Tamara Duker Freuman, MS, RD, CDN
The Bloated Belly Whisperer

Recipes Index

I like to cook. And I'm undaunted by the challenge of cooking for folks with restricted diets for reasons of celiac disease, digestive intolerances or allergies. Some of my favorite recipes are housed here-- feel free to poke around and see what looks good!

Pink Stuff (Beet & Sunflower Seed Spread)

Pink Stuff (Beet & Sunflower Seed Spread)  (image T. Freuman)

Pink Stuff (Beet & Sunflower Seed Spread) (image T. Freuman)

I’ve always found vegetarian sandwiches to be a bit uninspired.  It can be hard to come up with enough substance to make the sandwich satiating– a pile of vegetables just doesn’t do it for me. To be sure, the vegetarian sandwich pantheon has some pretty great occupants: a good egg and cheese; a well-seasoned roasted vegetable with goat cheese; an avocado and cilantro with lime juice and sea salt; pesto grilled cheese; hummus and cukes.  But this rotation gets old after awhile, and variety is indeed the spice of life.

Of course, I’d eat peanut butter sandwiches happily until the day I die.  But nowadays you can’t always pack a PB&J to bring into public spaces, particularly if you’re making a picnic for your kids that will be eaten in public shared spaces, as nut-free zones abound.

So you can imagine how revolutionary it was to discover an entirely new sandwich condiment– a nutrient-packed, vegan and densely-flavored one at that– which would serve as the basis for a whole new category of vegetarian sandwiches I could add to my repertoire.  This condiment–which hails from Germany and is called simply “streichcreme” (rote Bete-meerrettich)– has been dubbed “pink stuff” by my kids.

This sandwich spread is ubiquitous in Germany, and my sister in law always brings us a jar when she visits from Hamburg, where she now lives.  It’s a silky-smooth, magenta colored spread whose primary ingredients are roasted beets, sunflower seeds and horseradish.  It tastes more of mild horseradish than beets or sunflower seeds, in my humble opinion, and is positively addictive.  My kids like to dip mini Triscuits in it as if it’s hummus.  I’ve found it most appealing as the basis for a savory breakfast sandwich, paired with cheddar cheese and a handful of peppery arugula leaves (pictured above). I've turned many of my patients on to this breakfast sandwich, and they're as obsessed as I am.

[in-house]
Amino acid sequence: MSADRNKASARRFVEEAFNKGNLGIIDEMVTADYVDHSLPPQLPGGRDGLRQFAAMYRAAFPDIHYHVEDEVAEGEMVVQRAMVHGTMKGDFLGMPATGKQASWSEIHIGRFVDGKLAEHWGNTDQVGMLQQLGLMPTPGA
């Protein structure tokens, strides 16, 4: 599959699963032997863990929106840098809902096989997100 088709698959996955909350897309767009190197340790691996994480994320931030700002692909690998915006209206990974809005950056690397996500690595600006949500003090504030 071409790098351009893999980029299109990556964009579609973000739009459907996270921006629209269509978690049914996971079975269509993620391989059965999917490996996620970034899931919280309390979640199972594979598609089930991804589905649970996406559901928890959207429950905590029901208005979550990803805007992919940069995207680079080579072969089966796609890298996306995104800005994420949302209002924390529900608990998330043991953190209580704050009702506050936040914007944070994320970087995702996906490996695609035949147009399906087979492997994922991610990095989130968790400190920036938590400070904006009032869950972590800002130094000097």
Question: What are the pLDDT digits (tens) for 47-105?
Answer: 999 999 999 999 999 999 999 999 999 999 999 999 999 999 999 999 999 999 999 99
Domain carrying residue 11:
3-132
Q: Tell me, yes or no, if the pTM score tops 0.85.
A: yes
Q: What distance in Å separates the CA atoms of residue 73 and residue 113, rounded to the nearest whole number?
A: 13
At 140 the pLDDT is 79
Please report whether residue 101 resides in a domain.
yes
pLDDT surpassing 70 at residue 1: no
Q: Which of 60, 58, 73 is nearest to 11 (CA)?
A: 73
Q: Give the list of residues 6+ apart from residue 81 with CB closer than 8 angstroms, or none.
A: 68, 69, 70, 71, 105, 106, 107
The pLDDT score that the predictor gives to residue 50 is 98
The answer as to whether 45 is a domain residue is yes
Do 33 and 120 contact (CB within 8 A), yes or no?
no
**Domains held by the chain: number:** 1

Since German ingredient labels list ingredients by percentage, I decided to try to reverse-engineer this product.  After a few attempts, I came up with this recipe as the closest approximation to the real deal.  My homemade version is more rose colored than magenta, owing to the fact that I don’t have the benefit of “roasted beet concentrate” in my pantry, but the flavor is similar enough. Of course, if you happen to know someone traveling over there for any reason, ask them to pick up a jar for you as a souvenir so you can compare this homemade version to the original.

Pink Stuff (Roasted Beet & Horseradish Spread)

Yield: ~1/2 pint plastic deli container’s worth


  • 3 small roasted beets, about 5-5.5 ounces (I lazily used pre-cooked ones from Love Beets; homemade roasted beets would probably have an even better flavor)
  • 3/4 cup roasted sunflower seeds, unsalted
  • 1 TBSP olive oil
  • 1 TBSP + 1 tsp Gold’s prepared horseradish (sold in the refrigerated section of the supermarket, near the cream cheeses, butter and eggs)
  • 1 TBSP lemon juice
  • 1/4 tsp kosher salt


  1. Combine all ingredients in a food processor and process until well blended and very creamy textured.  You may need to stop a few times to scrape the sides of the bowl with a spatula to ensure all ingredients are well combined.
  2. Store in refrigerator.

To make Pink Stuff Sandwiches:

  1. Spread pink stuff on both sides of your favorite toasted bread, regular or gluten free
  2. Top each side with 1/2-1 slice of orange-colored cheddar cheese (for visual effect)
  3. Top one side with a handful of washed baby arugula leaves
  4. Cover sandwich and serve.

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